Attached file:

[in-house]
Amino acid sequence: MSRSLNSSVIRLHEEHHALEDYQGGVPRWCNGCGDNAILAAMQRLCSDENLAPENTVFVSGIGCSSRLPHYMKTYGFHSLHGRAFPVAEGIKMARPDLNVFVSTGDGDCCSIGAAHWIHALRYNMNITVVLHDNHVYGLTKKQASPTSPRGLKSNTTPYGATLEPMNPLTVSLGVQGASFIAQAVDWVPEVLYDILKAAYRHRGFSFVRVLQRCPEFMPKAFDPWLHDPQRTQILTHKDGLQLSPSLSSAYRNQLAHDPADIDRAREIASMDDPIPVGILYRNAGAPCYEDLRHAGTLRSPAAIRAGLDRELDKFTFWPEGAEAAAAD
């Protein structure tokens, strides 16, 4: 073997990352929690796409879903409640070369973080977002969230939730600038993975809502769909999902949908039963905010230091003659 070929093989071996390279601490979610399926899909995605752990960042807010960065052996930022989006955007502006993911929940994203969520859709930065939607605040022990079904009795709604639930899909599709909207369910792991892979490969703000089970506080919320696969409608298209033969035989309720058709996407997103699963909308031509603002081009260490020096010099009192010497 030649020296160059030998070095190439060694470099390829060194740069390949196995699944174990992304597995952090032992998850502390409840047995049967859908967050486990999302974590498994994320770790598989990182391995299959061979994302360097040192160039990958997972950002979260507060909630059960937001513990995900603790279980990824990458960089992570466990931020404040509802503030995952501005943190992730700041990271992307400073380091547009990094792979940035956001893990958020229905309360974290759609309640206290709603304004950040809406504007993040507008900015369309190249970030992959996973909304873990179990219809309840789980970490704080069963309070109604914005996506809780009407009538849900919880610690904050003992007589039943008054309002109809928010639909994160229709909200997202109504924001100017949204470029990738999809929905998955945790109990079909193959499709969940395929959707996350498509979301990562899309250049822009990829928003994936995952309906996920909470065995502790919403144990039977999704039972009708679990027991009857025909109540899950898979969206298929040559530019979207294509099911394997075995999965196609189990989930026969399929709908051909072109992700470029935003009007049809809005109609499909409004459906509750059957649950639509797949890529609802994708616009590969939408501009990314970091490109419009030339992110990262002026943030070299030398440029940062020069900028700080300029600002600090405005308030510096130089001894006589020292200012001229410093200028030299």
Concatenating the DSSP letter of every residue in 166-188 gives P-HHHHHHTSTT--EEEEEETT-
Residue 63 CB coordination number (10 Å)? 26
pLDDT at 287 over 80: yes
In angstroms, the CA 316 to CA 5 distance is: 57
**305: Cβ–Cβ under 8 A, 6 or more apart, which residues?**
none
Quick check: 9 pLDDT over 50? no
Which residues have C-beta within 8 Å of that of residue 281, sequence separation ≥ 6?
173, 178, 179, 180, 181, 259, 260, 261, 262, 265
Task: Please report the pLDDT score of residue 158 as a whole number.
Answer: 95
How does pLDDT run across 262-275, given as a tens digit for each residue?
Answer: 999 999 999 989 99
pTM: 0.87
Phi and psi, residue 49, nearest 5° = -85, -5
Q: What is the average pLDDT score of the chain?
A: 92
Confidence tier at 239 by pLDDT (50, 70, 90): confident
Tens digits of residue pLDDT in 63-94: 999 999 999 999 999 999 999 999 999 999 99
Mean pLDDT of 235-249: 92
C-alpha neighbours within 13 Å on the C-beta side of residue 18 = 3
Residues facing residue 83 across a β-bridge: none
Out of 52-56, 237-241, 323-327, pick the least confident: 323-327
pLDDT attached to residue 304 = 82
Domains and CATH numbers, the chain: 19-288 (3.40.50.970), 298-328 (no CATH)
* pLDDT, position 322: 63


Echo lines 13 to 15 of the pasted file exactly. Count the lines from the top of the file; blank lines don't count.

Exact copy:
Task: Please report the pLDDT score of residue 158 as a whole number.
Answer: 95
How does pLDDT run across 262-275, given as a tens digit for each residue?